Matins Service

The Augsburg Confession

Historical Introduction by B. W. Teigen
Saturday, June 25, 1530, 3:00 p.m., must go down as a red-letter day and hour for every Lutheran.  On that day the Lutheran Church as an identifiable unit in world history was born.  More significantly, a group of theologians and laymen by the grace of God made a Biblically-based confession of what they believed, and were ready to stake their lives on their confession.  The occasion was a public reading before Emperor Charles V of a series of paragraphs on doctrinal points which have come to be known in history as the Augsburg Confession (or the Augustana, its Latin term derived from the Latin name for Augsburg).  The representatives from states and free cities throughout Germany had united in presenting a testimony of divine truth before the Roman Catholic Emperor.  It was a dramatic moment which has captured the imagination of men ever since.  When Luther received the details of the actual presentation, he, in a letter of July 6, 1530, from the fortress Coburg, summed up the event in these words, “I am tremendously pleased to have lived to this moment when Christ, by His staunch confessors, has publicly been proclaimed in such a great assembly by means of this really most beautiful confession. And [so the Word] is fulfilled, ‘I will speak of Thy testimonies also before kings.’  What follows will [also] be fulfilled: ‘And will not be put to shame.’ [Psalm 119:46].  For ‘whosoever therefore shall confess me before men, him will I confess before my Father which is in heaven.’  [Matt. 10:32]  This verse which Luther quoted from Psalm 119 became the motto of the first printed edition of the Augsburg Confession in 1531 and has ever since been placed under the full title of the Confession.  –B.W. Teigen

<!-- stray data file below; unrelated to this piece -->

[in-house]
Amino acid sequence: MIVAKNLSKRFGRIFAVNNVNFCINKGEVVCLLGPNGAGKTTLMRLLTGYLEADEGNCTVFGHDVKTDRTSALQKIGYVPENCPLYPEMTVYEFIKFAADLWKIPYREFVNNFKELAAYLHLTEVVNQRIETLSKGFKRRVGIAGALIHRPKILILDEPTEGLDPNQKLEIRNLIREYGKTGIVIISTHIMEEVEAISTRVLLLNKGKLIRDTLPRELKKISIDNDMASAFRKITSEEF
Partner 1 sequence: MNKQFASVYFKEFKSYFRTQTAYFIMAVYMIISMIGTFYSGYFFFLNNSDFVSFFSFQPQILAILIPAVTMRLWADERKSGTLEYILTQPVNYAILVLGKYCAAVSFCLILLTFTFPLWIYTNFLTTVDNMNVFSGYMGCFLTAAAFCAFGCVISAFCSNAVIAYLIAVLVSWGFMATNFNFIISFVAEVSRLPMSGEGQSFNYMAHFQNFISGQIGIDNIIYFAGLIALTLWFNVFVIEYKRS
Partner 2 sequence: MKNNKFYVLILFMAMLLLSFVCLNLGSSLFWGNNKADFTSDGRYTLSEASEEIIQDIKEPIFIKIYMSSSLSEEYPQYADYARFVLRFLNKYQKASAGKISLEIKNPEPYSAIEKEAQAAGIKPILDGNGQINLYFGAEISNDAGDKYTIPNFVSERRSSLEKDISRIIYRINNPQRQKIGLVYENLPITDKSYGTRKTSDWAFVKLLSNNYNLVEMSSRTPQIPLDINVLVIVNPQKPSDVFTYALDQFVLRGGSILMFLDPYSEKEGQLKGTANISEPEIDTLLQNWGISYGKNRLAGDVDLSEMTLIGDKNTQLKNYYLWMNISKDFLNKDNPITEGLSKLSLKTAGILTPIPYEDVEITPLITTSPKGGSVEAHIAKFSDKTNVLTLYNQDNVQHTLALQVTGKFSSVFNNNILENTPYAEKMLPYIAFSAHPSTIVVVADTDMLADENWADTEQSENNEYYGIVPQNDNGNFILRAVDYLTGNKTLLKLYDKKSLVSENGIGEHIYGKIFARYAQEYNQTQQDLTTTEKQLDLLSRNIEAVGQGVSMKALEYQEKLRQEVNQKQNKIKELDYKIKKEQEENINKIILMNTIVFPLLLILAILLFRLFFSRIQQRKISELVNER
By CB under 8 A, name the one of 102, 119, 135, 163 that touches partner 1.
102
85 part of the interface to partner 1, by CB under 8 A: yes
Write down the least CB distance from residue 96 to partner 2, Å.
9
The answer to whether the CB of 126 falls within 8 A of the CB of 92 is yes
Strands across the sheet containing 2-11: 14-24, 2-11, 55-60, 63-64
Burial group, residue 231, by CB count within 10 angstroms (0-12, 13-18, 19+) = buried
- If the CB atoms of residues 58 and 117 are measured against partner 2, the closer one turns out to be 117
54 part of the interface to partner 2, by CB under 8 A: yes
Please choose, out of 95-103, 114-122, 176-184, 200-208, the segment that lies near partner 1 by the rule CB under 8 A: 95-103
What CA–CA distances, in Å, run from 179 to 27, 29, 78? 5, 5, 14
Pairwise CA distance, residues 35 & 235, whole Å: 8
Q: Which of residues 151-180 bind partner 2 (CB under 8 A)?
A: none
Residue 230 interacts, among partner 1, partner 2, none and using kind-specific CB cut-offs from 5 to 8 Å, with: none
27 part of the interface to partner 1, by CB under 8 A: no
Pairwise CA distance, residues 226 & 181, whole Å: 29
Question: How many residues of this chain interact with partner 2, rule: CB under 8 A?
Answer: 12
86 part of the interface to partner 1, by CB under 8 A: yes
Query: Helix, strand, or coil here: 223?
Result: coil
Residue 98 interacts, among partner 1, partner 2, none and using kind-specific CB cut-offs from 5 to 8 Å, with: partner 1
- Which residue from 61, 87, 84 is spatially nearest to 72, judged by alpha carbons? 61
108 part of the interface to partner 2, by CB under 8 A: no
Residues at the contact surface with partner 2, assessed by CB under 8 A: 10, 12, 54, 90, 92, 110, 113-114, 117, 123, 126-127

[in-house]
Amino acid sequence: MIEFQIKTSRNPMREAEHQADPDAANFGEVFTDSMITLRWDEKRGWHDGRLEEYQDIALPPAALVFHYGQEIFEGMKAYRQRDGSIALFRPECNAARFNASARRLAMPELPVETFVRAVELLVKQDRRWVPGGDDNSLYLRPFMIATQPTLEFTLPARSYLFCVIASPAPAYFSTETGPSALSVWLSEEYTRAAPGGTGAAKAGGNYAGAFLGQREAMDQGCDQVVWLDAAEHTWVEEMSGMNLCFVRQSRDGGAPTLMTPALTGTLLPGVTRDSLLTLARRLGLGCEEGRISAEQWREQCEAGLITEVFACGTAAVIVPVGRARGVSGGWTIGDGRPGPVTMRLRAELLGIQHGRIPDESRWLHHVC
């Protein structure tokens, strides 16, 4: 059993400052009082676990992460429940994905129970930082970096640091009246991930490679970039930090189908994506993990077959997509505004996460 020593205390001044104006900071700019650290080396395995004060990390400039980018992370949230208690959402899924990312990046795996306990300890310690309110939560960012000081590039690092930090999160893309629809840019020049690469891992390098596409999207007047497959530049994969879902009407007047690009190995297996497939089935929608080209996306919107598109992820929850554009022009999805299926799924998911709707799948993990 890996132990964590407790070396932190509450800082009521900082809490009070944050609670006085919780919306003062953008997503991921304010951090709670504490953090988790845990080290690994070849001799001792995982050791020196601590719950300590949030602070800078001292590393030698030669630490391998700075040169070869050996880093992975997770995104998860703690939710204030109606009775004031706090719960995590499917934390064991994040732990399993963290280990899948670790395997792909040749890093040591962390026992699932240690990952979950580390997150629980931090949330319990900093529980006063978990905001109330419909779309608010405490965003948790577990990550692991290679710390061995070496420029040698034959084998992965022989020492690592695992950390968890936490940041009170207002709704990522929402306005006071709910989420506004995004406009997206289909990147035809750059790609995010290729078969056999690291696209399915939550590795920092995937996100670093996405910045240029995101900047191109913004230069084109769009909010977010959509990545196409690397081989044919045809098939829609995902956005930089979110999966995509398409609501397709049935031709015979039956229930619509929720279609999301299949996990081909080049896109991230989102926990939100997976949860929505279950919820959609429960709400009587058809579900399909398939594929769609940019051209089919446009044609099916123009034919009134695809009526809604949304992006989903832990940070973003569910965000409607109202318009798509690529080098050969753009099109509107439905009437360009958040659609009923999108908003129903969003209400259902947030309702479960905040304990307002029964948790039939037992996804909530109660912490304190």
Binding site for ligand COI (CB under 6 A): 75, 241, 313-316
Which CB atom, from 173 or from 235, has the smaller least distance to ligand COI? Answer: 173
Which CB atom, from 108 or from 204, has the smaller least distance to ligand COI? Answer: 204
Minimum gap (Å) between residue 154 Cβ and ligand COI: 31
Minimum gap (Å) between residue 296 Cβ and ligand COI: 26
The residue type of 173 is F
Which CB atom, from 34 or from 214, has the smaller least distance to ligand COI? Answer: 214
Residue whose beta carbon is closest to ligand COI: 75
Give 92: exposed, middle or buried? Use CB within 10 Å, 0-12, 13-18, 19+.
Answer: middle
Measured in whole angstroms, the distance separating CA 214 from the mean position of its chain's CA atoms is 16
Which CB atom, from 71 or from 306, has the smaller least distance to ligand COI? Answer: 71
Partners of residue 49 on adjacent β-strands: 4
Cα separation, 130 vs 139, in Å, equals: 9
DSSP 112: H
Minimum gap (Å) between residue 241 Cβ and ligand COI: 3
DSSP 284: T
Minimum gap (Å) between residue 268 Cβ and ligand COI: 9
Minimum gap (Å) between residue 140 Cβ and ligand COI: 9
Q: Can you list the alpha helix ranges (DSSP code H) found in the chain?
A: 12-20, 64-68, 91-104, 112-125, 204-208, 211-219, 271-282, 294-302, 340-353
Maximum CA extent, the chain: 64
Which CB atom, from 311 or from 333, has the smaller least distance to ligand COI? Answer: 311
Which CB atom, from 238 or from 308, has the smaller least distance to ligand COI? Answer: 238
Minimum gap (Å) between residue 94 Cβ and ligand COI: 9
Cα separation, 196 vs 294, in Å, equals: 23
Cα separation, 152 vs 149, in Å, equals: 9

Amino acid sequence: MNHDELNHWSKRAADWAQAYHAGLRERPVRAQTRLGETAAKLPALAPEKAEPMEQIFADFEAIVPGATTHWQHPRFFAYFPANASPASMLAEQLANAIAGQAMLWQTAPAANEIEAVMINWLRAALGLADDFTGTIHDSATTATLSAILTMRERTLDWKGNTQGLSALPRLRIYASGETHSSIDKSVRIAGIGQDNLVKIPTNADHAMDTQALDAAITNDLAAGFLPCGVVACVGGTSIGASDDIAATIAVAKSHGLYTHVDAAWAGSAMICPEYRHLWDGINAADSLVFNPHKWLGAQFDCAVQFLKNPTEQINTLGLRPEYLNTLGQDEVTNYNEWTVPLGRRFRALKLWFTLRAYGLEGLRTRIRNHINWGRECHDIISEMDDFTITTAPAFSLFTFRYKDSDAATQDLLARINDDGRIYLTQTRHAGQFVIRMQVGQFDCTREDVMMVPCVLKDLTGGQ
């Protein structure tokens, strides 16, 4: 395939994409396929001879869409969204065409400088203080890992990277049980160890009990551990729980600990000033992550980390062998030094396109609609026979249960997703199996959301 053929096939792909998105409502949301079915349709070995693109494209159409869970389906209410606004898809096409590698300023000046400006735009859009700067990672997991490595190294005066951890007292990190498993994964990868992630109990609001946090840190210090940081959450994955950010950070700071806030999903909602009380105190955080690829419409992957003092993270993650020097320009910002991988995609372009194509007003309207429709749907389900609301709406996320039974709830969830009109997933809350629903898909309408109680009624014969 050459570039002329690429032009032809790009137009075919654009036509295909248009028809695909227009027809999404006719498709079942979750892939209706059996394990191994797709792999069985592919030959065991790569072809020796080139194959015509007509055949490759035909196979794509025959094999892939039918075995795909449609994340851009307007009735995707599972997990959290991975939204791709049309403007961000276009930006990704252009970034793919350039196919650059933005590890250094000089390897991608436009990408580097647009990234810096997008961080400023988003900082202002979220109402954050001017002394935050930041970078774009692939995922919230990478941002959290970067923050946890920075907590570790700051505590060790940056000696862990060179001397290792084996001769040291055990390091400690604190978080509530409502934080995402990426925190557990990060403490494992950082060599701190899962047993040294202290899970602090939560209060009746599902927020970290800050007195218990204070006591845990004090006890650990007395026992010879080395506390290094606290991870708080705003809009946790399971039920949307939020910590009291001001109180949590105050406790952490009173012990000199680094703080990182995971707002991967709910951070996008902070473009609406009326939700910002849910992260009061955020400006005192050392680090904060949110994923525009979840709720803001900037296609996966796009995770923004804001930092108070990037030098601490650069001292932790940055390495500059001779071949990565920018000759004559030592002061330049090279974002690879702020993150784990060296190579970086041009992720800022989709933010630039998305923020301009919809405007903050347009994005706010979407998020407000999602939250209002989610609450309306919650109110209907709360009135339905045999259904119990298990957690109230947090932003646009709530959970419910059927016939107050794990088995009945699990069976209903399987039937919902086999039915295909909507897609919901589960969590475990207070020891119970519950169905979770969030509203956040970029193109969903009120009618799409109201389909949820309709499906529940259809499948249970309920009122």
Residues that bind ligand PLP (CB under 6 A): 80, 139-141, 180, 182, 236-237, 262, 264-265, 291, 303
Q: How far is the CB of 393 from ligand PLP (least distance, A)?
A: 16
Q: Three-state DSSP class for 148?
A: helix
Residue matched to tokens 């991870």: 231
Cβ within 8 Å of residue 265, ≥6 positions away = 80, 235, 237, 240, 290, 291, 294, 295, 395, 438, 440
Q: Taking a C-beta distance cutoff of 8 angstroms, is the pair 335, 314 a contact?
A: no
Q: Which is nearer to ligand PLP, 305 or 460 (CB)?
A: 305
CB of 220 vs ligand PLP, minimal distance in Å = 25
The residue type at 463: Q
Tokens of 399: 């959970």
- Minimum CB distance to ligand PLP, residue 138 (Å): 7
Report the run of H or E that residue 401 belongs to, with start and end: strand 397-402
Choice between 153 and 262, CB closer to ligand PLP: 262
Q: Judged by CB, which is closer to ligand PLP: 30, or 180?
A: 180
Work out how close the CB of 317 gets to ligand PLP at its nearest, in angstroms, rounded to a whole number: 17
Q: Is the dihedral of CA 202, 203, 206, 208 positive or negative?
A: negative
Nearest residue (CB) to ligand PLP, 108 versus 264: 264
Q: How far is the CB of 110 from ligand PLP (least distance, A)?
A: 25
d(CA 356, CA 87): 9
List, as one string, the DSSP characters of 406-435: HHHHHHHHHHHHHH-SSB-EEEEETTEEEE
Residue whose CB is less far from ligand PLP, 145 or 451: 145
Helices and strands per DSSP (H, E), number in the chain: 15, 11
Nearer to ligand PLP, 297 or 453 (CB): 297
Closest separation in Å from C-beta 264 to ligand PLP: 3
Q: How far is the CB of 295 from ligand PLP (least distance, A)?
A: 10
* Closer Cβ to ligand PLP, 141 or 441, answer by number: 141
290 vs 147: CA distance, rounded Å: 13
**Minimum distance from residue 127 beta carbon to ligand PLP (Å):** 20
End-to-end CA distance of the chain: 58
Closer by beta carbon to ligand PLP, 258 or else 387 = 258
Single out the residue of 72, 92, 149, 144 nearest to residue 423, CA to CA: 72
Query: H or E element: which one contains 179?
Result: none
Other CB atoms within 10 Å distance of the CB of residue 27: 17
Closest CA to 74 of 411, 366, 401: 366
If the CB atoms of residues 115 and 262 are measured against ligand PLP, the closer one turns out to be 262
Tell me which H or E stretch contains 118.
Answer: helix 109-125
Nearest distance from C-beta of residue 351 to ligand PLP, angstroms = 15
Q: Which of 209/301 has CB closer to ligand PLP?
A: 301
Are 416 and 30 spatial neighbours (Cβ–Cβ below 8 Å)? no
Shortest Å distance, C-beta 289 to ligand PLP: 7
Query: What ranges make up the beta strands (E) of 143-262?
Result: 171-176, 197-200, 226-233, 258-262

The Augsburg Confession

Preface to Emperor Charles V

The Chief Articles of Faith


Original Sin

The Son of God


The Ministry

New Obedience

The Church

What the Church Is


The Lord's Supper



The Use of the Sacraments

Ecclesiastical Order

Ecclesiastical Usages

Civil Affairs

Christ's Return to Judgment

Free Will

The Cause of Sin

Good Works

The Worship of the Saints

Abuses Corrected

Both Kinds in the Sacrament

The Marriage of Priests

The Mass


Distinction of Foods

Monastic Vows

Ecclesiastical Power